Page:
Transportation cuts caused public outcry earlier this school year, and a consulting firm has since recommended new routing software to improve efficiencies. Assuming no increase in funding, is the money available to buy that software?
“We have a software package that we’re looking at now that was purchased a few years ago. We’re going to see whether or not that can help us out. If it does not, we have funds available to fund a package.”
Is it possible that more efficient routes could save enough money to roll back some of the cuts?
“We have no idea because we have to go through the process, and then we would know the answer.”
Flat funding for the budget has been the norm over the past several years and teachers haven’t had a raise in 4 of the past 5 years. If funding is flat again for next year, what will your priorities be for budget cuts – understanding that the board makes the cuts – but you make recommendations about priorities for cuts, among them positions and raises.
“I think I’m going to answer this question in a different way. We want to do everything that we can to maintain the positions that we have and to maintain the class sizes that we have. We want to do everything that we can to compensate all of the employees in some way, shape, or form.
I have no indication right now of what the funding is going to be. I am an optimist to the nth degree. Although I do not believe that our cost of doing business budget is going to be funded, and frankly, we never did believe that. It was a statement along with the priority list to help people to understand the circumstances under which we operate.”
That cost of doing business budget included adding back some teaching positions to bring class sizes back down to the level of last school year. Do you think that class sizes right now are at a tipping point?
“No, I don’t think so… There are larger class sizes than people are used to but not at a point where it is in any way, shape, or form detrimental to the learning of students…We try very, very hard to keep [class sizes] reasonable.
But I have to say… I’m just hopeful about the funding of the budget, let’s just leave it at that.”
What about new initiatives? You’ve been around for 40 years, you’ve probably said to yourself at least once, if I were in charge, this is what I would do. Is there anything that you would like to talk about that you’re planning in the near future?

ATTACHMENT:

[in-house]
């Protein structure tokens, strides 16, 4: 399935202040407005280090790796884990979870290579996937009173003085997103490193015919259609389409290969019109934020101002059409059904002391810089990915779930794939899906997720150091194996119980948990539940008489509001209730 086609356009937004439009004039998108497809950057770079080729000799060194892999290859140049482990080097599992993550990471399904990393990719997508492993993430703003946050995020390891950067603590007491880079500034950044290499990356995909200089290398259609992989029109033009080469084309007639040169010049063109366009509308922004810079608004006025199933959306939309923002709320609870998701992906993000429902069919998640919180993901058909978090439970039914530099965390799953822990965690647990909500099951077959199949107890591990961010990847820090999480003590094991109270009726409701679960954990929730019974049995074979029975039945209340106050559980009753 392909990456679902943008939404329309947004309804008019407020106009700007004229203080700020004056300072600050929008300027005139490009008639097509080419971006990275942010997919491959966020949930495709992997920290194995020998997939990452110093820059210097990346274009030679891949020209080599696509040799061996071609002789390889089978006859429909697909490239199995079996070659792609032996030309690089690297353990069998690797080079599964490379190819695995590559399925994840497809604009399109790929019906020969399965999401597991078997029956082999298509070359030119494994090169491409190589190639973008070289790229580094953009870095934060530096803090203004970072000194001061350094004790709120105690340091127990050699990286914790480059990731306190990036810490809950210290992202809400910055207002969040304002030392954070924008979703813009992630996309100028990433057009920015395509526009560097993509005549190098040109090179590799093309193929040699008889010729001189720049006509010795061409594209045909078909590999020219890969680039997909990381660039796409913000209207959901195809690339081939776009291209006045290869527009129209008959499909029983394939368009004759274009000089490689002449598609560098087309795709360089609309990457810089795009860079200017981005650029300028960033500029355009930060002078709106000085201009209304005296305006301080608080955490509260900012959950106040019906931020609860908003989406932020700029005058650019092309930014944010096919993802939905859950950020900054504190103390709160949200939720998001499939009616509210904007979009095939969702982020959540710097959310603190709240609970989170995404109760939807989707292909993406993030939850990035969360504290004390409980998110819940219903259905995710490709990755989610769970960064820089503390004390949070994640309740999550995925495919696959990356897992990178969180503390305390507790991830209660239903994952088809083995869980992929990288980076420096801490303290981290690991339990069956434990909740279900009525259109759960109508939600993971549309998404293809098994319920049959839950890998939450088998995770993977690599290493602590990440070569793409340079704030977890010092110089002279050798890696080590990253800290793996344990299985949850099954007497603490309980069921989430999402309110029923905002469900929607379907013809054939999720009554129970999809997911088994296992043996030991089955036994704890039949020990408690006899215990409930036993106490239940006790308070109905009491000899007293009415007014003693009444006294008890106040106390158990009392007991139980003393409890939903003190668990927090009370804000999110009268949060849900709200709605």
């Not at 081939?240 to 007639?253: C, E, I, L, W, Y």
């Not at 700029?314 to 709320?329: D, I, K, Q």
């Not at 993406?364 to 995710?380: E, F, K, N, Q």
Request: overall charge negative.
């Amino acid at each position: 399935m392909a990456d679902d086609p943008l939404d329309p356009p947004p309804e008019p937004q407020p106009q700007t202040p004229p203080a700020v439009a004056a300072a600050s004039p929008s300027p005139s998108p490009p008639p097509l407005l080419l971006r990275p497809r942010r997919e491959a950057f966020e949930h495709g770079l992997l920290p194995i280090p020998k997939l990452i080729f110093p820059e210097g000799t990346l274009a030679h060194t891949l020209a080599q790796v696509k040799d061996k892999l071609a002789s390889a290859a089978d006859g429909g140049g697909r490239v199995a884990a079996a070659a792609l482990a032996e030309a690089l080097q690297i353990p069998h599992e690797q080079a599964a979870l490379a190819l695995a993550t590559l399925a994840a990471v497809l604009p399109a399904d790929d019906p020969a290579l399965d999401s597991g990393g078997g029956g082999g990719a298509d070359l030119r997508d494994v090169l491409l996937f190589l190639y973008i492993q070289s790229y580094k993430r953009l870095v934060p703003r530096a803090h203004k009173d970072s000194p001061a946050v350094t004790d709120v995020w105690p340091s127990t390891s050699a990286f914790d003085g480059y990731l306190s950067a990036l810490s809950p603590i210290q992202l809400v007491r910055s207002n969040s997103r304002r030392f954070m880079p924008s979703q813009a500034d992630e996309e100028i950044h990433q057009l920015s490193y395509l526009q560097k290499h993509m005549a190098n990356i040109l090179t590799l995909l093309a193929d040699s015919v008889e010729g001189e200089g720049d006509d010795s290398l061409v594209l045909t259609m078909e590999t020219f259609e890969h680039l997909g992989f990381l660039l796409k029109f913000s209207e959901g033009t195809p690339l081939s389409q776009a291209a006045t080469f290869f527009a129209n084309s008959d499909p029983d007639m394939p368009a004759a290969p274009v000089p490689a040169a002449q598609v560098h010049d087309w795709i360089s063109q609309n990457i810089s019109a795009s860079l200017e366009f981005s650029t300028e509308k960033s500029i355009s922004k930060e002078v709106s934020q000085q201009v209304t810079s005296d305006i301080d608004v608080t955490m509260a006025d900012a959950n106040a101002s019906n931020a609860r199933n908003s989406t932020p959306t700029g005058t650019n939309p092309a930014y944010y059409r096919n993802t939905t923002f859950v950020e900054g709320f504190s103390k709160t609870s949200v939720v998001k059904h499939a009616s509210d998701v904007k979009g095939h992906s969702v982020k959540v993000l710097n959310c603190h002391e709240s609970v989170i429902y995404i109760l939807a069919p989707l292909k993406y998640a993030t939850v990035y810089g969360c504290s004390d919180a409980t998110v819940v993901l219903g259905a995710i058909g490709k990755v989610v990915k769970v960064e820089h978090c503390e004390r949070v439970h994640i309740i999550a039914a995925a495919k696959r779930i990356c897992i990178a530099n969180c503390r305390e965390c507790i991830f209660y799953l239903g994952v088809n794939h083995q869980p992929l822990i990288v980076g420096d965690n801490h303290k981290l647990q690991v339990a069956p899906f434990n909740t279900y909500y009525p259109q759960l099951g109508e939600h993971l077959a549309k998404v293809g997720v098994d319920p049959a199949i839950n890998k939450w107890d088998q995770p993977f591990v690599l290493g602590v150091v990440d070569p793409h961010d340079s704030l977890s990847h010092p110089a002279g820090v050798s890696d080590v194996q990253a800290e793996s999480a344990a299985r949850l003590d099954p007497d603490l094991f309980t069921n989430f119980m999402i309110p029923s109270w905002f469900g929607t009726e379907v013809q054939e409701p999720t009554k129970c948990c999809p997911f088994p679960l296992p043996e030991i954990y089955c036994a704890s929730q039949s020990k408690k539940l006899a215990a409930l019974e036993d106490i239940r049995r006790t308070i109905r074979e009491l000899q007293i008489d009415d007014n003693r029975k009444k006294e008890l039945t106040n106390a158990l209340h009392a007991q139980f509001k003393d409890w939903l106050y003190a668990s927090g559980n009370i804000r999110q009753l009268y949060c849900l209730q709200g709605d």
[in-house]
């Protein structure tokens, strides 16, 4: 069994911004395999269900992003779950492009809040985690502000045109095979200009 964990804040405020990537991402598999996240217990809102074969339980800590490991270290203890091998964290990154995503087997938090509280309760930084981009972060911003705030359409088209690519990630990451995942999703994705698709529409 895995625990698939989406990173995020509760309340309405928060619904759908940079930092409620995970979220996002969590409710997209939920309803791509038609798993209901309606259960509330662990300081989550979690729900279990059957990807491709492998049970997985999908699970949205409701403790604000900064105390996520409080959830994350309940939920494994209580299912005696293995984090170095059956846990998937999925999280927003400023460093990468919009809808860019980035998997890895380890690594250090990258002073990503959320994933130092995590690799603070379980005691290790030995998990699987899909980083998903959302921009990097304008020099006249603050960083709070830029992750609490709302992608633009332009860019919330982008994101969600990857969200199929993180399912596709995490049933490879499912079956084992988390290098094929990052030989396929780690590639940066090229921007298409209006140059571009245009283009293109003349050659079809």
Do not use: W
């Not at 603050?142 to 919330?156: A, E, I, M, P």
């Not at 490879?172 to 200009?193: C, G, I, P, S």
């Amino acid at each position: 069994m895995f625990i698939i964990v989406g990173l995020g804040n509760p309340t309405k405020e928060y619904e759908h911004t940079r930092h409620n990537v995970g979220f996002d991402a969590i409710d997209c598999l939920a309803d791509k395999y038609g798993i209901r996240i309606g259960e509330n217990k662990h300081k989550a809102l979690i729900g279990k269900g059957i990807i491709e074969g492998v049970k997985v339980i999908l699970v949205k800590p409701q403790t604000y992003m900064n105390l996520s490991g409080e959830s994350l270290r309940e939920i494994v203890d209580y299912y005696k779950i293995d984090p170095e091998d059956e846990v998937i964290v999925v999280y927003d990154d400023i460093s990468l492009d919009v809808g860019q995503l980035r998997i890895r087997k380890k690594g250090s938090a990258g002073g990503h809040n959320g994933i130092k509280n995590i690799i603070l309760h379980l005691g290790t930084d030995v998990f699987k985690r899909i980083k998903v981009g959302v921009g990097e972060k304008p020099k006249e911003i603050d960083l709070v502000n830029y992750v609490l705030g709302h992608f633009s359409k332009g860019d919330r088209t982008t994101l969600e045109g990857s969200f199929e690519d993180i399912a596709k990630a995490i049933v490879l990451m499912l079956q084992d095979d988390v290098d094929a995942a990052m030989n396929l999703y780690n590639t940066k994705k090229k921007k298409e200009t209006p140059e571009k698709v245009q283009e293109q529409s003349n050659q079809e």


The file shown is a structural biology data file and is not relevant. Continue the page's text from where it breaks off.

“…with everything that’s been thrust upon us, I think it would be presumptuous.
This is what I want. I really do want children to thrive under the new standards and I want teachers to really realize what their strength are under the new teacher evaluation. And I want principals and assistant principals to feel the same way and other employees that work in the system.
I do not want any of this to appear to be a ‘gotcha’, that we’re gonna point out, ‘these are your weaknesses’… Let’s celebrate who you are and what you bring to the table. And then let’s talk about how it can be better for you. Because I think a lot of people don’t realize what strengths they have and I think a lot of people sometimes feel stigmatized when a weakness is pointed out. I don’t care if it’s an 11-year-old or a 54-year-old.
But if it’s done in the right way, and you’re working together to build the capacity of a person, whether it’s a child or an adult, people welcome that. I mean, I certainly do.”
After serving one year as interim superintendent, you’ll start a four-year contract as superintendent in July. Fast forward four years, what do you hope to have brought to Harford County as a result of your leadership?
“I hope that my legacy at the end of four years is to work in this community with people to develop an understanding along with others…that we’re all in this thing together. This is about a quality of life for this community.
Education is a big piece, safety is a big piece, beautification is a big piece, that we’re all working together to create a high quality of life in this county. I think I would want people to know that we’re the real deal here. And we really do believe that working together is gonna make a very big difference for everybody in this county.”
Part I of the interview can be found here.